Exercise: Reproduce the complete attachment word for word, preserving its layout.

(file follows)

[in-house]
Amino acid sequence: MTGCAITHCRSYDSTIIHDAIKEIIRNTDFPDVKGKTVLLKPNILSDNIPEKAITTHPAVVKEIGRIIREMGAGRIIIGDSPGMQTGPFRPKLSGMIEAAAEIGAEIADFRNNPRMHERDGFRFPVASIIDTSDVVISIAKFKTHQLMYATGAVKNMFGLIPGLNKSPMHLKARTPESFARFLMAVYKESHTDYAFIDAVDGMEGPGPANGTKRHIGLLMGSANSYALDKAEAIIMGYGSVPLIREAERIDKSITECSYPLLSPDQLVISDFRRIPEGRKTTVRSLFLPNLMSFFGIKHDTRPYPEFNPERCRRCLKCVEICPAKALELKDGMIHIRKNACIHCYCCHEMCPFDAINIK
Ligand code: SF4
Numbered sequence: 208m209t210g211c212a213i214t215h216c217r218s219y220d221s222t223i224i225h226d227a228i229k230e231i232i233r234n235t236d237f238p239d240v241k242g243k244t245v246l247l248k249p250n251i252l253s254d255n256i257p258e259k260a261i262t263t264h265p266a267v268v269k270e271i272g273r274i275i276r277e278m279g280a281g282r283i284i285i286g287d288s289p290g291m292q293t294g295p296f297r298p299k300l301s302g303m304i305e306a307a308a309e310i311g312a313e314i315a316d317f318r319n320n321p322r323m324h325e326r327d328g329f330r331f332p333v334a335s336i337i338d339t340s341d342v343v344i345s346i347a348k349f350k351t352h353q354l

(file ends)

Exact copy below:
[in-house]
Amino acid sequence: MTGCAITHCRSYDSTIIHDAIKEIIRNTDFPDVKGKTVLLKPNILSDNIPEKAITTHPAVVKEIGRIIREMGAGRIIIGDSPGMQTGPFRPKLSGMIEAAAEIGAEIADFRNNPRMHERDGFRFPVASIIDTSDVVISIAKFKTHQLMYATGAVKNMFGLIPGLNKSPMHLKARTPESFARFLMAVYKESHTDYAFIDAVDGMEGPGPANGTKRHIGLLMGSANSYALDKAEAIIMGYGSVPLIREAERIDKSITECSYPLLSPDQLVISDFRRIPEGRKTTVRSLFLPNLMSFFGIKHDTRPYPEFNPERCRRCLKCVEICPAKALELKDGMIHIRKNACIHCYCCHEMCPFDAINIK
Ligand code: SF4
Numbered sequence: 208m209t210g211c212a213i214t215h216c217r218s219y220d221s222t223i224i225h226d227a228i229k230e231i232i233r234n235t236d237f238p239d240v241k242g243k244t245v246l247l248k249p250n251i252l253s254d255n256i257p258e259k260a261i262t263t264h265p266a267v268v269k270e271i272g273r274i275i276r277e278m279g280a281g282r283i284i285i286g287d288s289p290g291m292q293t294g295p296f297r298p299k300l301s302g303m304i305e306a307a308a309e310i311g312a313e314i315a316d317f318r319n320n321p322r323m324h325e326r327d328g329f330r331f332p333v334a335s336i337i338d339t340s341d342v343v344i345s346i347a348k349f350k351t352h353q354l